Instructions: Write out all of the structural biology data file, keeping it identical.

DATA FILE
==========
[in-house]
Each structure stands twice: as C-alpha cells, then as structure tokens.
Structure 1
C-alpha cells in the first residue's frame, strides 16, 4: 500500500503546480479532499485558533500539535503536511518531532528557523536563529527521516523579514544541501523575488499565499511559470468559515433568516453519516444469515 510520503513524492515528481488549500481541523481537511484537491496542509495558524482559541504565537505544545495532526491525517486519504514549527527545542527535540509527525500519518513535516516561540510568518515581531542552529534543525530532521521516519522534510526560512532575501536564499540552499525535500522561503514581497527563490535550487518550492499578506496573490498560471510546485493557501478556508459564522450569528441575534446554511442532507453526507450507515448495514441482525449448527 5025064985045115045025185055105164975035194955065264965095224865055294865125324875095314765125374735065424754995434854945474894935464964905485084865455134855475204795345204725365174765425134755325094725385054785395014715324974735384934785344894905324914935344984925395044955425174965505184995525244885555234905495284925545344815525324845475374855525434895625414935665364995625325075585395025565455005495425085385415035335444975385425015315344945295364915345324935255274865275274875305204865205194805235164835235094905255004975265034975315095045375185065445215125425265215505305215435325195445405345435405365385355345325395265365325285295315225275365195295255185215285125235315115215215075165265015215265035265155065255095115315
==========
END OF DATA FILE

[in-house]
Each structure stands twice: as C-alpha cells, then as structure tokens.
Structure 1
C-alpha cells in the first residue's frame, strides 16, 4: 500500500503546480479532499485558533500539535503536511518531532528557523536563529527521516523579514544541501523575488499565499511559470468559515433568516453519516444469515 510520503513524492515528481488549500481541523481537511484537491496542509495558524482559541504565537505544545495532526491525517486519504514549527527545542527535540509527525500519518513535516516561540510568518515581531542552529534543525530532521521516519522534510526560512532575501536564499540552499525535500522561503514581497527563490535550487518550492499578506496573490498560471510546485493557501478556508459564522450569528441575534446554511442532507453526507450507515448495514441482525449448527 5025064985045115045025185055105164975035194955065264965095224865055294865125324875095314765125374735065424754995434854945474894935464964905485084865455134855475204795345204725365174765425134755325094725385054785395014715324974735384934785344894905324914935344984925395044955425174965505184995525244885555234905495284925545344815525324845475374855525434895625414935665364995625325075585395025565455005495425085385415035335444975385425015315344945295364915345324935255274865275274875305204865205194805235164835235094905255004975265034975315095045375185065445215125425265215505305215435325195445405345435405365385355345325395265365325285295315225275365195295255185215285125235315115215215075165265015215265035265155065255095115315